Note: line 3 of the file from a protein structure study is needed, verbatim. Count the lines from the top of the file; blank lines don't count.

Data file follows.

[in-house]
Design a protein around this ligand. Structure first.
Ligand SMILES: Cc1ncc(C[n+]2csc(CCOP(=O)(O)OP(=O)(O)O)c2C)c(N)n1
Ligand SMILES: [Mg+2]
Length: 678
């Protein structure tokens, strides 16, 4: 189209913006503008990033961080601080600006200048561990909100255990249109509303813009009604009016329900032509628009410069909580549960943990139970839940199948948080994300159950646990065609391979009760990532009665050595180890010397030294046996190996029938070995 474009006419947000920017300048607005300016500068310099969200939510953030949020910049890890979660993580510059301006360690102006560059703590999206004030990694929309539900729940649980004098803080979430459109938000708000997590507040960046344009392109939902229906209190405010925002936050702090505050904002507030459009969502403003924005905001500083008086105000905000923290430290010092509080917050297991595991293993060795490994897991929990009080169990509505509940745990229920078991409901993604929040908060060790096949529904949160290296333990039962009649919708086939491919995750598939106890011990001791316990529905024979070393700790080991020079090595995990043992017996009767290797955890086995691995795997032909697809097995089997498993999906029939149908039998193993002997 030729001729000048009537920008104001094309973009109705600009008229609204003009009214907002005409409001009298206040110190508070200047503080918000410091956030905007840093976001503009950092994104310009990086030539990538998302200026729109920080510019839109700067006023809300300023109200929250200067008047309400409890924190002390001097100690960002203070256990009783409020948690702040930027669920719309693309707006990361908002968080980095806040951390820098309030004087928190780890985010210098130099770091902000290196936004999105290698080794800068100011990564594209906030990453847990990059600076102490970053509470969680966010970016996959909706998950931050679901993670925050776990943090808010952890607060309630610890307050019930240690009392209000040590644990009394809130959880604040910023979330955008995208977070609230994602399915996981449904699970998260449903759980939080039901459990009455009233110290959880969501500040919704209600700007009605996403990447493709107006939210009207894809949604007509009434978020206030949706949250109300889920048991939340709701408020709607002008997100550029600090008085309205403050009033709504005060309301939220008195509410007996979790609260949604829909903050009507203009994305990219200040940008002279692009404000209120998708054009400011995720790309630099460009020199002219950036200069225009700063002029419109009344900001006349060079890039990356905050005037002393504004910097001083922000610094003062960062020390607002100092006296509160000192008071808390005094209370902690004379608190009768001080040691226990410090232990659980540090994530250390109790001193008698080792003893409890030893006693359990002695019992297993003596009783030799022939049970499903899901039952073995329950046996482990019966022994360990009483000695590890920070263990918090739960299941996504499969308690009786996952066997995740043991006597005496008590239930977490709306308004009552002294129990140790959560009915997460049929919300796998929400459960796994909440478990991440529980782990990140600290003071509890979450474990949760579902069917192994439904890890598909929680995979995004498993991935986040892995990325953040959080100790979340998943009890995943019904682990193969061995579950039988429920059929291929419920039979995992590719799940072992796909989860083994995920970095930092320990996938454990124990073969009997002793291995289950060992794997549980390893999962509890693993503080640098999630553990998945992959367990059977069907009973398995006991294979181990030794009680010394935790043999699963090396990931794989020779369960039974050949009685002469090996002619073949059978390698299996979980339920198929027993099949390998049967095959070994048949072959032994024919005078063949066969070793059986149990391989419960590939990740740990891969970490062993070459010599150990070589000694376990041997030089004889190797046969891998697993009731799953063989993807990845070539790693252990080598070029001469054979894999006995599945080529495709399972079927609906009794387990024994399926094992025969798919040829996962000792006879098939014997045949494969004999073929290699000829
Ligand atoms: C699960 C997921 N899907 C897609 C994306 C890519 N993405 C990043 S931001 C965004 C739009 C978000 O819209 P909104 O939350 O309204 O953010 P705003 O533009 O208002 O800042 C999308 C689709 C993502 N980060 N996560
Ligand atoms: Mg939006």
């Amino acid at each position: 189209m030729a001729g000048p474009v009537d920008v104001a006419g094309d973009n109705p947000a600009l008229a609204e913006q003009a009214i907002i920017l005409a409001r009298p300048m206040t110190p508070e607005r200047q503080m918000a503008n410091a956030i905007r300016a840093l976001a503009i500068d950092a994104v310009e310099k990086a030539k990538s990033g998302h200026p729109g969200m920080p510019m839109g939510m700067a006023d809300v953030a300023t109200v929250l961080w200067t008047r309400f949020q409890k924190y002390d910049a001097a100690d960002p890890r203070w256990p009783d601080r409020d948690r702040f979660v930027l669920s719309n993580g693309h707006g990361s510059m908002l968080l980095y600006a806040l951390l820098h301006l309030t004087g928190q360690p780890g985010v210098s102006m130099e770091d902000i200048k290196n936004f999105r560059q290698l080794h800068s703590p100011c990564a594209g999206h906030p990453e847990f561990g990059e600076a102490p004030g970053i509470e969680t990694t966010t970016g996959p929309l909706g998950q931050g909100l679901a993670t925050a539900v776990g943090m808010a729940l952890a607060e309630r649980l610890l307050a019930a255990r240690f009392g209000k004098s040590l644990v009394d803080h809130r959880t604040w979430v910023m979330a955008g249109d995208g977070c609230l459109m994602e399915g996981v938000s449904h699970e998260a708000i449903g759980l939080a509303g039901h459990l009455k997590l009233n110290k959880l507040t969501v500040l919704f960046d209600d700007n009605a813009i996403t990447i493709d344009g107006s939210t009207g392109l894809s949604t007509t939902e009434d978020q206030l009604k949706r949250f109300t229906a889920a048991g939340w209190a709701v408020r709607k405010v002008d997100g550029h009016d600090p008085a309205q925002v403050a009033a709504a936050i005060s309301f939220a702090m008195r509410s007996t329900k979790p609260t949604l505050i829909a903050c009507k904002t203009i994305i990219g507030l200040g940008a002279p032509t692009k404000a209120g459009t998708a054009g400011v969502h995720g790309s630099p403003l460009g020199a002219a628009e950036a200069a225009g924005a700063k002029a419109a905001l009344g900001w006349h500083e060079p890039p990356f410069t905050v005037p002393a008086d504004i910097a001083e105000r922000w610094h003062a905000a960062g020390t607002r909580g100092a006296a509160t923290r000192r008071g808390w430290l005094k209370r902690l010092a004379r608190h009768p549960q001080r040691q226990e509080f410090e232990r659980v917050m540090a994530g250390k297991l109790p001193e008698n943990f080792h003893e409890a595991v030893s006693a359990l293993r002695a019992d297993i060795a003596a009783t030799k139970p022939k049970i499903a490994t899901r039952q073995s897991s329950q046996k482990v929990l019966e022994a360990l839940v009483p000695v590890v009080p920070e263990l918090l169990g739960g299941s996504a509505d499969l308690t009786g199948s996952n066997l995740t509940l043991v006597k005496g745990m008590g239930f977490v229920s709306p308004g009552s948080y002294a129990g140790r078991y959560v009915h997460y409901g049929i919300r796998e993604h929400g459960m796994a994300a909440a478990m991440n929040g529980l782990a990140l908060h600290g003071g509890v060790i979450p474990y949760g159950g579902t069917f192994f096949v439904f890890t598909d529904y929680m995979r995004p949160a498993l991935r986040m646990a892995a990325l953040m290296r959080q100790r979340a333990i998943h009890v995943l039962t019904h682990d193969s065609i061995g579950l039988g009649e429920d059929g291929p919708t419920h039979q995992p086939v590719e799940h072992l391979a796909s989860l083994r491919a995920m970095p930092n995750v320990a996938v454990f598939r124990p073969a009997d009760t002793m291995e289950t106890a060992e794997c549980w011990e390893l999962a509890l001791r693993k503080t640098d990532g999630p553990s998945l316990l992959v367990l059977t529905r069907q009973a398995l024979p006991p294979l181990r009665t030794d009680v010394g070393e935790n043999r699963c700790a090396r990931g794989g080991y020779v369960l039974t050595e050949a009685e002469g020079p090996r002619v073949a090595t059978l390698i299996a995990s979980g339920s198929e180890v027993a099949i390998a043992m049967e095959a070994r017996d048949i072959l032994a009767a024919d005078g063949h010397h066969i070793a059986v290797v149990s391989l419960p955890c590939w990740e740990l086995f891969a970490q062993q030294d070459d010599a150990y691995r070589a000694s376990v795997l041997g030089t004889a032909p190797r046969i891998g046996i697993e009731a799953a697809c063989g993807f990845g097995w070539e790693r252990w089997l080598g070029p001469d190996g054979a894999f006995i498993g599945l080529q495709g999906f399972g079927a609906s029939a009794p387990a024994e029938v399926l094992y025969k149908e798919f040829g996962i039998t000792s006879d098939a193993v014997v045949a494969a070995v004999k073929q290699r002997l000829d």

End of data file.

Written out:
Ligand SMILES: Cc1ncc(C[n+]2csc(CCOP(=O)(O)OP(=O)(O)O)c2C)c(N)n1